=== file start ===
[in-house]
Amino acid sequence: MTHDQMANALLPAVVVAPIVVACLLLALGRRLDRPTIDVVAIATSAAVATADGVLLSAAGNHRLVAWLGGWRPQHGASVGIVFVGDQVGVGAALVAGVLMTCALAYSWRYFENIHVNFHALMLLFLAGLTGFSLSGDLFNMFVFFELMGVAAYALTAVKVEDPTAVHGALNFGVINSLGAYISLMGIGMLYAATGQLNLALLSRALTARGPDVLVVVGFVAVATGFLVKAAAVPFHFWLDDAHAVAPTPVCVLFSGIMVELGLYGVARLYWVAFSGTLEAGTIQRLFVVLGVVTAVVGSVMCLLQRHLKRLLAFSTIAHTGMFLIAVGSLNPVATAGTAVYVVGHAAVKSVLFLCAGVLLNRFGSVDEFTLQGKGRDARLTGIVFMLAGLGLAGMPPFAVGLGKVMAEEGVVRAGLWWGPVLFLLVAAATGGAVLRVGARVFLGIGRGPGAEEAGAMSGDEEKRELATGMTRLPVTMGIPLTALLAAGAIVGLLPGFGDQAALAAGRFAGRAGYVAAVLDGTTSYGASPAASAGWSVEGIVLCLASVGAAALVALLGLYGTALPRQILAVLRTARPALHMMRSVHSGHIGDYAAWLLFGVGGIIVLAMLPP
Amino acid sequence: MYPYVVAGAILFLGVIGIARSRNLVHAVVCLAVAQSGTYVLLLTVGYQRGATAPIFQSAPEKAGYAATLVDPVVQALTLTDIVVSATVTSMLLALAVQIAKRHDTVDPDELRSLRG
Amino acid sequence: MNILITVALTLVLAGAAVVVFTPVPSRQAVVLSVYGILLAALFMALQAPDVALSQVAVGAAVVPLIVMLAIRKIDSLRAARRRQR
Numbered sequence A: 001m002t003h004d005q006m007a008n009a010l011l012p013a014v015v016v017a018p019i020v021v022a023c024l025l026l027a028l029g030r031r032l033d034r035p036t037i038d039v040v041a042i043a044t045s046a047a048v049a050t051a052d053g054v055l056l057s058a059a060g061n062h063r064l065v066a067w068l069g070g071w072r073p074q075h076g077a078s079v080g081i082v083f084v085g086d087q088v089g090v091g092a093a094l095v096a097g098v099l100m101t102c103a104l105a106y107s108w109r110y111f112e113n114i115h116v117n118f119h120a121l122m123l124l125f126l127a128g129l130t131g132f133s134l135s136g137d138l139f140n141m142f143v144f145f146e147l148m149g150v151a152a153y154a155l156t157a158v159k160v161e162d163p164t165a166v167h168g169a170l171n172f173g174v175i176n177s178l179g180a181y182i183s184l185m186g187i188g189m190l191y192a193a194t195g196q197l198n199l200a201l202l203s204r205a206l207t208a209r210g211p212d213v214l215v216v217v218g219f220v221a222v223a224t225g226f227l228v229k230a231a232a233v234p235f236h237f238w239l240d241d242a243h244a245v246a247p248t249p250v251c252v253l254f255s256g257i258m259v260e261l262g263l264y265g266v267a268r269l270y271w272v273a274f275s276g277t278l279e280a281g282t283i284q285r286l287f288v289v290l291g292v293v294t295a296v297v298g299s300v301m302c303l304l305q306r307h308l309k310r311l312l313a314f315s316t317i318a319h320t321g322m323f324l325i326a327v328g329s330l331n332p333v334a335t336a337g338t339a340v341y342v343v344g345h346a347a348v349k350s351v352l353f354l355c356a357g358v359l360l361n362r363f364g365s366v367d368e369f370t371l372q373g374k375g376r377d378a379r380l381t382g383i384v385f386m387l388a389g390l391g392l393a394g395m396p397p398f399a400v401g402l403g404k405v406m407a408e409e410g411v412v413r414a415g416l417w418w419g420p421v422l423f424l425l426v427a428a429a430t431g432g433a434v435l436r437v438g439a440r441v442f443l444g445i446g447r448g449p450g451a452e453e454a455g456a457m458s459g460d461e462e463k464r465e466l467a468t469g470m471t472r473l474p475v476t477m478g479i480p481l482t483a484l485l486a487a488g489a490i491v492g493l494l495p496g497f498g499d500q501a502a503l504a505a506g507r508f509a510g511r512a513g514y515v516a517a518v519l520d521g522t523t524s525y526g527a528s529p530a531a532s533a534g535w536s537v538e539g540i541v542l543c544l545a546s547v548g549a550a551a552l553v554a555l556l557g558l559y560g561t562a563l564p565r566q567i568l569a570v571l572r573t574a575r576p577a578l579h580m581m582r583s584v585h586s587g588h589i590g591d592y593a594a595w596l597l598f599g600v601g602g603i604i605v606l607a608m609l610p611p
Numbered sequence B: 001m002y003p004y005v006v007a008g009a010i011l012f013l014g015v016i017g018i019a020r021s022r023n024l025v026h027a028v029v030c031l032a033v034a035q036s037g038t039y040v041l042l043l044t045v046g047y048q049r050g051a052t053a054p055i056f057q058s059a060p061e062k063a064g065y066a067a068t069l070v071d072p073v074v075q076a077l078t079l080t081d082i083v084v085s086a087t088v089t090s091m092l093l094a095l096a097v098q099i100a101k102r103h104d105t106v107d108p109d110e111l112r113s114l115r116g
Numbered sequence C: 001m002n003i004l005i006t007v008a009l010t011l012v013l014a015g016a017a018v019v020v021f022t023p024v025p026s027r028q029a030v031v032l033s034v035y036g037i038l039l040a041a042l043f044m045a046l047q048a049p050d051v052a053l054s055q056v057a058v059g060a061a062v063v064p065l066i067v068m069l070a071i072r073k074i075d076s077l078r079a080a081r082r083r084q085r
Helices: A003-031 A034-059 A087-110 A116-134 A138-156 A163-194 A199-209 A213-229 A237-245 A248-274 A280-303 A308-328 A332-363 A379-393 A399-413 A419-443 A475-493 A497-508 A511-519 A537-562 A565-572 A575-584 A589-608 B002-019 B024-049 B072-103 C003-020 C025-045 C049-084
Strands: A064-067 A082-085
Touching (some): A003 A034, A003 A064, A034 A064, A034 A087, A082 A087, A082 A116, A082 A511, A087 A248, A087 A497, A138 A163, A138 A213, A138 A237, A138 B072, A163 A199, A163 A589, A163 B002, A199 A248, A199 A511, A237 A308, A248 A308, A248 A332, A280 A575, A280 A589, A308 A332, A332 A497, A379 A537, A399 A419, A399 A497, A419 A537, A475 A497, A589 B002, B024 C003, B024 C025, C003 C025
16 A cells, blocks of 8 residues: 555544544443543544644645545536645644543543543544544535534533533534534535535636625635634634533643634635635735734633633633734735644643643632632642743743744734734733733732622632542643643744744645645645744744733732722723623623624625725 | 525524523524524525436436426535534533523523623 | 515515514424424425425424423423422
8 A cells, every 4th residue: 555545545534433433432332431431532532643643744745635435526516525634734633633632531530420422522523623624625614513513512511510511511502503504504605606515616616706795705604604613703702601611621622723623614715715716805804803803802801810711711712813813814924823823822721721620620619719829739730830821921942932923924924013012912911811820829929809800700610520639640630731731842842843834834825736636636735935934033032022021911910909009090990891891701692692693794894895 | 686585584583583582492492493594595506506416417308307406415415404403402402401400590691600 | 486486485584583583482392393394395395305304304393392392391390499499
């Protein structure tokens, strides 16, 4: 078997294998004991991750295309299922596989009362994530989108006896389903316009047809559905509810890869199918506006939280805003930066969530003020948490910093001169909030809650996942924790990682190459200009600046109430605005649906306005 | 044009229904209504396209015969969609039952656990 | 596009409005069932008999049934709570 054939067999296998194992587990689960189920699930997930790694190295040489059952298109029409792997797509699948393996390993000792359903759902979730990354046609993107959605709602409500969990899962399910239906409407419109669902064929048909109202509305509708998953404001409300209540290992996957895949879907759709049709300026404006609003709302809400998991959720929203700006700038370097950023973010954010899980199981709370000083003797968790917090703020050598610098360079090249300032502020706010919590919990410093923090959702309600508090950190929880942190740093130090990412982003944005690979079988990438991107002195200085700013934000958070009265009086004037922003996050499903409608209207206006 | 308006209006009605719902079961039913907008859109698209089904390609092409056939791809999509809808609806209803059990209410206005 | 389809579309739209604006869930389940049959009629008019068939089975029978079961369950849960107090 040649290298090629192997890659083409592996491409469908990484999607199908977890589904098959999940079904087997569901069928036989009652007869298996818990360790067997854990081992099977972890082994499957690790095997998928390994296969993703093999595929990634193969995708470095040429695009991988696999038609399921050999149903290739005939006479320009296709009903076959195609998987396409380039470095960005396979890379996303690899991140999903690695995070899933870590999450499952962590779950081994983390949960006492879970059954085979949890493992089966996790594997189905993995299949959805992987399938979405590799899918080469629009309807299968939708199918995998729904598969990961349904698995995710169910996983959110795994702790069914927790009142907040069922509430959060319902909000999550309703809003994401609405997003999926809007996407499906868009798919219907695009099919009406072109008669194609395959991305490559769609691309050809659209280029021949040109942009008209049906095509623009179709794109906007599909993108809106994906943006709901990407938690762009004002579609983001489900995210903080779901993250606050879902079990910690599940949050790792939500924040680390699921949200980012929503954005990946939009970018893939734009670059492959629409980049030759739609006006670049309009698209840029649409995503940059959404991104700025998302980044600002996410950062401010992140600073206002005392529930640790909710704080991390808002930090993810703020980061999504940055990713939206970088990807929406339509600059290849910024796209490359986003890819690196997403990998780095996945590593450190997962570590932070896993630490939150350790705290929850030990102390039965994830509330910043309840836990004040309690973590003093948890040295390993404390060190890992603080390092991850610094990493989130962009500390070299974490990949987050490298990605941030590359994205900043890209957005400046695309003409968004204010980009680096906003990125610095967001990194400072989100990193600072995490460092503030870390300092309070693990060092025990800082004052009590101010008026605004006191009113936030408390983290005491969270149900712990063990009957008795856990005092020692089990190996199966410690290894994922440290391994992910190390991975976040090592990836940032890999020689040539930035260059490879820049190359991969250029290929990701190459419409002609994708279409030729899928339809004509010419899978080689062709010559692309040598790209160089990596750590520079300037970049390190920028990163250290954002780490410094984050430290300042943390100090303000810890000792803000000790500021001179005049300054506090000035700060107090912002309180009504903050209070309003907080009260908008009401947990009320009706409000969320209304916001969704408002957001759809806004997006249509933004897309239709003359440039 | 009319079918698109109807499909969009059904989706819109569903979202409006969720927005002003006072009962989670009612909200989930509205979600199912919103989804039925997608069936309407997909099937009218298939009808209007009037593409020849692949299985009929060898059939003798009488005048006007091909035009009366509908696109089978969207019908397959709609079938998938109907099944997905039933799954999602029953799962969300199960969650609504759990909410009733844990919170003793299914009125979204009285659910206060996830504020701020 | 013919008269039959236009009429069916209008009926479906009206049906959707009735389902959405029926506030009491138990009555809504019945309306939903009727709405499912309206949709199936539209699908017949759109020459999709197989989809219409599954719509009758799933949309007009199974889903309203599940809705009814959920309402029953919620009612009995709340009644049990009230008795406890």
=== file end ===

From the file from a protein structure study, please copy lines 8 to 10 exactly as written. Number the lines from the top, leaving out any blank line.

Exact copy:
Helices: A003-031 A034-059 A087-110 A116-134 A138-156 A163-194 A199-209 A213-229 A237-245 A248-274 A280-303 A308-328 A332-363 A379-393 A399-413 A419-443 A475-493 A497-508 A511-519 A537-562 A565-572 A575-584 A589-608 B002-019 B024-049 B072-103 C003-020 C025-045 C049-084
Strands: A064-067 A082-085
Touching (some): A003 A034, A003 A064, A034 A064, A034 A087, A082 A087, A082 A116, A082 A511, A087 A248, A087 A497, A138 A163, A138 A213, A138 A237, A138 B072, A163 A199, A163 A589, A163 B002, A199 A248, A199 A511, A237 A308, A248 A308, A248 A332, A280 A575, A280 A589, A308 A332, A332 A497, A379 A537, A399 A419, A399 A497, A419 A537, A475 A497, A589 B002, B024 C003, B024 C025, C003 C025